House prices fall similar to the UK's 2008 crisis
Experts reveal to The Telegraph that house prices in the UK are currently in decline.
In a report published by The Telegraph, the website reveals that house prices are declining at the exact same rate as they did during the UK's financial crisis in 2008.
Figures from The Telegraph's new house price tracker raise the question of whether recent declines will level off or continue on the same trajectory, dropping by as much as 20 percent as in 2008.
The website compares data from Nationwide and Halifax lenders to demonstrate how much the price of homes has fallen since the housing crash of 2008. Because they are based on prices at the time of mortgage approvals as opposed to indices that look at properties' asking prices, both Nationwide and Halifax's indices are thought to provide a more trustworthy image of agreed sale prices.
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Property values have decreased by 5.7 percent, or £16,111, in five months since prices began to decline in August 2022, according to an analysis of the lenders' data.
The chart illustrates how house prices dropped exactly the same percentage during the first five months of the financial crisis, which began in the fall of 2007. Then, in 2008, home prices dropped by as much as 20 percent.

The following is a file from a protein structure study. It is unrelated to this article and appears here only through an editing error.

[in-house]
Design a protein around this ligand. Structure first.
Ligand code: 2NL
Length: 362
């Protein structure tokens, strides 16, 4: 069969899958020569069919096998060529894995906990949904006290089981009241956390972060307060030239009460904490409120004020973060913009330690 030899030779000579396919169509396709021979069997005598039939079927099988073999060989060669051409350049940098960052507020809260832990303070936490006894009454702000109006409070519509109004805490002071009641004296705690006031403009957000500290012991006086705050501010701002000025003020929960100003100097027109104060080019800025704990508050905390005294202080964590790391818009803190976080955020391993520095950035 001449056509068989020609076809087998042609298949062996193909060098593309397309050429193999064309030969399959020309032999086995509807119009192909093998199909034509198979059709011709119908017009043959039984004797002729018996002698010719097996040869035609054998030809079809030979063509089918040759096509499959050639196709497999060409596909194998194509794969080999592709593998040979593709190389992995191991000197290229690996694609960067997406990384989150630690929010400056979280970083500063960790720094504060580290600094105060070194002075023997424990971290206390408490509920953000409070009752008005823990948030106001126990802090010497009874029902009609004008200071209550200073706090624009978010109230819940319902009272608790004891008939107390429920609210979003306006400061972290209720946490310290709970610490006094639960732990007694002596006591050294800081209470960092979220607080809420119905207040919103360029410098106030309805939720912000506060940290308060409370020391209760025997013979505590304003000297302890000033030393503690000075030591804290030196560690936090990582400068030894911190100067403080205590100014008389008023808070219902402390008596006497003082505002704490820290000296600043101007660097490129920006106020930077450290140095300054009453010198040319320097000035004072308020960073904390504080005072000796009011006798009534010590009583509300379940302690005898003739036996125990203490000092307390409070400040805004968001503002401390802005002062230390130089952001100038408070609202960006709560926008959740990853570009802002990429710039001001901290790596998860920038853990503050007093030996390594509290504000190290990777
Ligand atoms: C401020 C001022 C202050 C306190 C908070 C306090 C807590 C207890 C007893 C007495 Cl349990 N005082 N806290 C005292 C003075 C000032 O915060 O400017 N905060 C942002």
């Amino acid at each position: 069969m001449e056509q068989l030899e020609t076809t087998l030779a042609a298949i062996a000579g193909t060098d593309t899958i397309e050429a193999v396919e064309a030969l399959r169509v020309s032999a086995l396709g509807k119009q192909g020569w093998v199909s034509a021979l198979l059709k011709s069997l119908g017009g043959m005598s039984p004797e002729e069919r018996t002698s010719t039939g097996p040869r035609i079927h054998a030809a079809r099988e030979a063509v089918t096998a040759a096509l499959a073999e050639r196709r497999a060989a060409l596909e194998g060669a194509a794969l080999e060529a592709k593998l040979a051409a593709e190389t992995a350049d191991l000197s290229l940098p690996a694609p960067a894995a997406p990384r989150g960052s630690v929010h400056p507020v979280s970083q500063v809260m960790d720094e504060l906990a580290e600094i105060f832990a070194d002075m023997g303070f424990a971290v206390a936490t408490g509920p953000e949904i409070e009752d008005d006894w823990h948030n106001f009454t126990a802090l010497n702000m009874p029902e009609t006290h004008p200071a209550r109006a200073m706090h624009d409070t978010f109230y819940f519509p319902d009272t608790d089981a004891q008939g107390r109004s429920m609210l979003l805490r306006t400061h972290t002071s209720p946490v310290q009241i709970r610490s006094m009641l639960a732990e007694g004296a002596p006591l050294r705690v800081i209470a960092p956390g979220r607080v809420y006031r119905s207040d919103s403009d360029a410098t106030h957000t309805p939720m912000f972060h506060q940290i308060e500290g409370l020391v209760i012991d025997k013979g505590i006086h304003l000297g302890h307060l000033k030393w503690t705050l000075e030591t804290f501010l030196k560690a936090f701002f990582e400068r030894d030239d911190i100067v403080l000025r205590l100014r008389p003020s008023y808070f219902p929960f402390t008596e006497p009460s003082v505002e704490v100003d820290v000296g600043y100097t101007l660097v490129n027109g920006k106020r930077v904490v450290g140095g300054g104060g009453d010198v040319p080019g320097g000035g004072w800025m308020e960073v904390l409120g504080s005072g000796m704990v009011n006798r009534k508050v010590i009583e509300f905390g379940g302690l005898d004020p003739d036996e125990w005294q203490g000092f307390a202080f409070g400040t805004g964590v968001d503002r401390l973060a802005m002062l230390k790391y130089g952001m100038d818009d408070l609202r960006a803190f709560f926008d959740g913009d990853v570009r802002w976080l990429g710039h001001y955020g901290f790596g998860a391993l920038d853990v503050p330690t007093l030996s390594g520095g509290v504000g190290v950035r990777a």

The average home's value would decrease from £284,000 to about £227,000 if current prices followed the same trend, a decline of nearly £60,000 from peak to trough.
Widespread expectations are for property prices to decline as rising mortgage rates reduce the amount that buyers can borrow. However, property experts are hopeful the reality may not be as bad as the figures currently suggest.
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Oxford Economics and Capital Economics analysts predict that prices will decline by 12 percent in 2023, as opposed to the 18 percent decline seen from 2008 to 2009, however, the fall might not be as severe as in 2008, but it might last longer.
During the financial crisis, prices dropped for 16 consecutive months, but Oxford Economics analysts expect this downturn to last 24 months.